Learning the 7 times table
Learning the 7 times table. The 7 times table up to 7 x 10 is highlighted in the multiplication grid below:
7 x 1 = 7
7 x 2 = 14
7 x 3 = 21
7 x 4 = 28
7 x 5 = 35
7 x 6 = 42
7 x 7 = 49
7 x 8 = 56
7 x 9 = 63
7 x 10 = 70
7 x 11 = 77
7 x 12 = 84
When do children learn the 7 times table?
During Year 4, children will learn the 6, 7, 9, 11 and 12 times tables. By the end of Year 4, children should have been taught all the times tables up to the 12 times table. Teachers will start giving children harder multiplications to complete, these will include multiplying three-digit numbers by a one-digit number (such as 150 x 3 = 450).
Children will utilise their knowledge of times tables in Years 5 and 6 when learning to do other mathematical operations.
How are children taught the 7 times table?
There are many different methods of learning the times tables to explore, some teachers try and make it fun by getting children to visualise how a number is multiplied.
Teachers may get children to use Unifix cubes to make number sticks which can help them solve mathematical problems. For example, teachers could ask children to make a number stick which represents the answer to 7 x 2, by joining together two number sticks of 7 cubes each and then counting how many cubes there are in total (14). The fact that children can see and hold these number sticks can make learning times tables easier, as it means children can visualise the process of multiplication.
How to help children with the 7 times table?
Sometimes asking children to fill out an empty multiplication grid is a useful way of checking which times tables or specific multiplications that they are finding difficult.
For example, it is quite common for children to struggle with the 7 times table. This is because 7 is a prime number and so the final digit 7 only appears again in 7 x 10 (=70).
Also, the 7 times table does not have any helpful patterns like the times tables for even numbers do, nor are there any memorable rules like with the 3 and 9 times tables.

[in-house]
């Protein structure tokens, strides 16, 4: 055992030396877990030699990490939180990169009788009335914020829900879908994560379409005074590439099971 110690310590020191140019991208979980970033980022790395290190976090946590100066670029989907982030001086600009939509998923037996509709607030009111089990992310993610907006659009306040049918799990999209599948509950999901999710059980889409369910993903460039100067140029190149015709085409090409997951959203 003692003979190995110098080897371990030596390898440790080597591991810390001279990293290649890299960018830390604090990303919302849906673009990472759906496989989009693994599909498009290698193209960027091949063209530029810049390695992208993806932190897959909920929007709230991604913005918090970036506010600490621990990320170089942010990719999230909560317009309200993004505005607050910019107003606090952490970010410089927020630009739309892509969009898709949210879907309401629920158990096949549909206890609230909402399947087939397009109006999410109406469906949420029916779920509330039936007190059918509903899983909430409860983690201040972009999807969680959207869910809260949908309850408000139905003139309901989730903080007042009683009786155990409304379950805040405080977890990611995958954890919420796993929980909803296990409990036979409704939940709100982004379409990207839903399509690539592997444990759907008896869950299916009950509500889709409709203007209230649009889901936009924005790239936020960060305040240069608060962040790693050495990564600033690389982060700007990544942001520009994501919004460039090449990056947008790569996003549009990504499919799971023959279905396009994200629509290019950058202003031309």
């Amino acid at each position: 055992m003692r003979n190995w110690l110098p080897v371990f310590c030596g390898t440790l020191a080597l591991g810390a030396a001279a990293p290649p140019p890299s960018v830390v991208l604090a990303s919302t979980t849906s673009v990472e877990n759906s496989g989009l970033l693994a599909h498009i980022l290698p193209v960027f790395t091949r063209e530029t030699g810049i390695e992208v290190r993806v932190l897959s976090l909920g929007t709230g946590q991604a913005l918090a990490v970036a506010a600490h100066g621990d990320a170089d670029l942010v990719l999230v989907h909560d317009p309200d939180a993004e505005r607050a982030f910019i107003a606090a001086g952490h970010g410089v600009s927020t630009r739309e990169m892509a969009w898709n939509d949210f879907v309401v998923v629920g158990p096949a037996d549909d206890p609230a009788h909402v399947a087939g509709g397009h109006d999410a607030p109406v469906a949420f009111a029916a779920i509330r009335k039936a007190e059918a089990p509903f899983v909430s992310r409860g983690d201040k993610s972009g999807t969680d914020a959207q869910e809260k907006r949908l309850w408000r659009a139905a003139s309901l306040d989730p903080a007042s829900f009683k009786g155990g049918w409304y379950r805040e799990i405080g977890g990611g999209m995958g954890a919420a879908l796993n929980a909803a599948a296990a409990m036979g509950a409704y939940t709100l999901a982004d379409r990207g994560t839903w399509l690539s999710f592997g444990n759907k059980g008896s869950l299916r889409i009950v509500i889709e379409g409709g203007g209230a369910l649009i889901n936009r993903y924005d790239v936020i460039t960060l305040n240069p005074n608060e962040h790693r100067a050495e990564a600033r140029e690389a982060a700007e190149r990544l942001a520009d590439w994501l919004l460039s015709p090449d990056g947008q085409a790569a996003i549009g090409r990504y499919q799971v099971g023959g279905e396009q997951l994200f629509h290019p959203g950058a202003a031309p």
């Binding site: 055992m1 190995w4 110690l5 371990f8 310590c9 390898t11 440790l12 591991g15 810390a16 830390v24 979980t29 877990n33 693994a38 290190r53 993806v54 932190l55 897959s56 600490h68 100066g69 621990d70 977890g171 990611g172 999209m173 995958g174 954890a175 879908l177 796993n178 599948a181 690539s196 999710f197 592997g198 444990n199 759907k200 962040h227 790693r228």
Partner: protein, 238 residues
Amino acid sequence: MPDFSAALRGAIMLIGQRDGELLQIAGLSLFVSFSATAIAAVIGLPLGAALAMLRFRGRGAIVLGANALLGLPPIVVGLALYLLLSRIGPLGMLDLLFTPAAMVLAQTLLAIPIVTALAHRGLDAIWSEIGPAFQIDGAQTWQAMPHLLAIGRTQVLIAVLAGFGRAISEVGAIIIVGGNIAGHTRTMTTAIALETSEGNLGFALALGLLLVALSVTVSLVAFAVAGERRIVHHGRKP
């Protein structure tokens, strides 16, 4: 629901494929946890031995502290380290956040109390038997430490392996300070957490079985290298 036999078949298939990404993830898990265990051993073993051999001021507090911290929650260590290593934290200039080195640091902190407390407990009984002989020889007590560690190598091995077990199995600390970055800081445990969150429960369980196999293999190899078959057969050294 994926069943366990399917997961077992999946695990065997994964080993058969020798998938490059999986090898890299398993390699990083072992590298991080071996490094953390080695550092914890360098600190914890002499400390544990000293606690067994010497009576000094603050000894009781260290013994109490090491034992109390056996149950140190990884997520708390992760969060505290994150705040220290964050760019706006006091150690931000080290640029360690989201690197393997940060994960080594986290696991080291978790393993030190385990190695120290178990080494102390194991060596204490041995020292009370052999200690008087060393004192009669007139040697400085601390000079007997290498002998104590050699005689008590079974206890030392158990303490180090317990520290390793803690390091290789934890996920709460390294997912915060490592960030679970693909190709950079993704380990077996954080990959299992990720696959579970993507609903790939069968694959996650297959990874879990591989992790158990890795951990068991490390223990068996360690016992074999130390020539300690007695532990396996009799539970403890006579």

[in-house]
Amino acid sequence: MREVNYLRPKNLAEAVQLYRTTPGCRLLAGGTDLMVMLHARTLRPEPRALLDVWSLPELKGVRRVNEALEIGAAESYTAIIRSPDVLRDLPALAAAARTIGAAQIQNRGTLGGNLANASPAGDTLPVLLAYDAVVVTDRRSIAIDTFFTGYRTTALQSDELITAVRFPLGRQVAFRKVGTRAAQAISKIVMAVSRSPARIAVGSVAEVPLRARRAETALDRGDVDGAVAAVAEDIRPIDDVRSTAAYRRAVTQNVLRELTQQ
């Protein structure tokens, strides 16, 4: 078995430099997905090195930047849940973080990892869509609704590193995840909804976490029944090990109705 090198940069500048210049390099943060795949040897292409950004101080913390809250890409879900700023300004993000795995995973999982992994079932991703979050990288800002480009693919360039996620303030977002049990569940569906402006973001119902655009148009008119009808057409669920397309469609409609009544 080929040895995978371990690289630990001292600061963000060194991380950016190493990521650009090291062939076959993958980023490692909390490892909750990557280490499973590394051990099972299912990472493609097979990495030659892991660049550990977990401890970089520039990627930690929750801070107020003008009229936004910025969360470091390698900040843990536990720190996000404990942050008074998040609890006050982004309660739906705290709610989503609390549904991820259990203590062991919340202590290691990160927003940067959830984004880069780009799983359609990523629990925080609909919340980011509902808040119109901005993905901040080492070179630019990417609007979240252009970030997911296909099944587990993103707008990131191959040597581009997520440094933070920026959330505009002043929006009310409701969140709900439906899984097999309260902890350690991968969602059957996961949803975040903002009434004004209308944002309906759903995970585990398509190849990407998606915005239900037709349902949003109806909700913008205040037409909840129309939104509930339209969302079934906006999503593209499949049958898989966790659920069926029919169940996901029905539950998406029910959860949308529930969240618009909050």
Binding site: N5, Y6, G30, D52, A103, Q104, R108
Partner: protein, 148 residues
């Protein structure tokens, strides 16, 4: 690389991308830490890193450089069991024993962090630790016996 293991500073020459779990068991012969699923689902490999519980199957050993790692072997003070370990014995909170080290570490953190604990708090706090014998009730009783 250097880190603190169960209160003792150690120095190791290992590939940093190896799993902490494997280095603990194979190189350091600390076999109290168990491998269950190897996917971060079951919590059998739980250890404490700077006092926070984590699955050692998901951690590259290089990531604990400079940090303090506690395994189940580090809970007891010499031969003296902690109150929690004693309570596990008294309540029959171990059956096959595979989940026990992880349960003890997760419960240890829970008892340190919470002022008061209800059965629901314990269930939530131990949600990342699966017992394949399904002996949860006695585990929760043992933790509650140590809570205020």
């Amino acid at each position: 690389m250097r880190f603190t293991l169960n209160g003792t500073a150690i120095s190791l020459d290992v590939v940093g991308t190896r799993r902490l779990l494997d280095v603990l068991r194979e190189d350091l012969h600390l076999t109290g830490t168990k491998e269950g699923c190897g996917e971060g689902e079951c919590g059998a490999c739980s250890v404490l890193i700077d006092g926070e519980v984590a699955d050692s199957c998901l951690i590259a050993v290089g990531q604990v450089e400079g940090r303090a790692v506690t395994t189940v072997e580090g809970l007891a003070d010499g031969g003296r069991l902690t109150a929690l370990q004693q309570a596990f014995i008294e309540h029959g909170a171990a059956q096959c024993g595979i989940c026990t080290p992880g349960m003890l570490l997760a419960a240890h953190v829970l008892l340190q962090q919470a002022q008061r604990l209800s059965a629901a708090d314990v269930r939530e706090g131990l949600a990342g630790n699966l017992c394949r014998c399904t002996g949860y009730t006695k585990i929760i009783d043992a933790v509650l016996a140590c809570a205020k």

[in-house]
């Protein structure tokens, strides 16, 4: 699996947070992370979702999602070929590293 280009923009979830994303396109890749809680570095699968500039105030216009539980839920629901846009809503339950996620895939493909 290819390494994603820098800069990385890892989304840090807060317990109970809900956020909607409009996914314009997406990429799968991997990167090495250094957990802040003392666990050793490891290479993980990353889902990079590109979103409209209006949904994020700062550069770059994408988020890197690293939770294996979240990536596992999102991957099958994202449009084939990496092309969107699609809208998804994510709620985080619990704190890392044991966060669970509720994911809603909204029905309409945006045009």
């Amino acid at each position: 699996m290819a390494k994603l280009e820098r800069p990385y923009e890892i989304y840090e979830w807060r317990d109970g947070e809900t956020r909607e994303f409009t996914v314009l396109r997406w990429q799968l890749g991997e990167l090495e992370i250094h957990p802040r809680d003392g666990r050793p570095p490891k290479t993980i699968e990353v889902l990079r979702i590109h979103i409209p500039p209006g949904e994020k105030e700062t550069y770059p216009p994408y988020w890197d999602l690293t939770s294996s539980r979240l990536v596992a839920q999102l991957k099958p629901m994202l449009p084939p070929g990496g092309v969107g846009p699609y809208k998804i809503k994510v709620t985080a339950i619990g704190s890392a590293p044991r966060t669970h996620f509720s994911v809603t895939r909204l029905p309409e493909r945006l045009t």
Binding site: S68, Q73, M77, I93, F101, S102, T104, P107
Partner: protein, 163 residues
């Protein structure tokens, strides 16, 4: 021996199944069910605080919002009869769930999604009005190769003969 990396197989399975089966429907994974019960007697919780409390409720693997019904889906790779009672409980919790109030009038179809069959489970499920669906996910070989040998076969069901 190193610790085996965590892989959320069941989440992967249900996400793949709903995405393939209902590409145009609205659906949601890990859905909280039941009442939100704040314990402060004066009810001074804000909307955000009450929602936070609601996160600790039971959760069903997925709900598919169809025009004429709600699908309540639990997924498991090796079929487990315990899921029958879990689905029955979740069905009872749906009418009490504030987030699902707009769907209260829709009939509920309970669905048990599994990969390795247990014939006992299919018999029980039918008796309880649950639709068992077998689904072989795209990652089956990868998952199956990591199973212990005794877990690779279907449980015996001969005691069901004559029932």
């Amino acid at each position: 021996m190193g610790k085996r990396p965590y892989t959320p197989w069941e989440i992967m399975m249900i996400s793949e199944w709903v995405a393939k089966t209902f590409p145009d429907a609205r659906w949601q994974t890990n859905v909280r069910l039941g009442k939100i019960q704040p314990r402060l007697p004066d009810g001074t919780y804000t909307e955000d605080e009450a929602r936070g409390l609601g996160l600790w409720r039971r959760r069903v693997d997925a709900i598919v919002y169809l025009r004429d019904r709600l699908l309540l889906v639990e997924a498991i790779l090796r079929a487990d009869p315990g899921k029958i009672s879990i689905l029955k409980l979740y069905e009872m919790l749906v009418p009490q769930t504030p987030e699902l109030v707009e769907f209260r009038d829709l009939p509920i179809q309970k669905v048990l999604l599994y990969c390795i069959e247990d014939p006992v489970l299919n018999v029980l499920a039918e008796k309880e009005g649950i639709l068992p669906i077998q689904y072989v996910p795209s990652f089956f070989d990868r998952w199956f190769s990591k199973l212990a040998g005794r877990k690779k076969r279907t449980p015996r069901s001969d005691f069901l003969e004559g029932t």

There is an easy way of helping children remember that 7 x 8 = 56, as they can learn the sequence: 5, 6, 7, 8. The answer is the two numbers that come before the numbers being multiplied.
It can also be useful to remind children that they can reverse the order of a multiplication if this makes it easier to calculate. For example:
7 x 5 is the same as 5 x 7 (both = 35)
This is helpful as children can use the times tables that they are more confident with (such as the 5 times table), whilst also practicing the ones they find more difficult.
It is important to remember that learning the 7 times table is likely to take children longer than the other times tables. Therefore, it is a good idea to keep trying different methods until one seems to work for your child.
How does Learning Street help children with the 7 times table?
Repetition is key to learning your 7 times table, and in the Learning Street 8 year old courses, there is constant focus on always practicing times tables as this is the best way to improve. This is through times tables tests (to improve accuracy), tables races (to improve time), mental mathematics, maths problem solving and other fun activities such as mystery pictures.
Without a good knowledge of times tables, it can lead to problems in SATs, GCSEs and A Levels.
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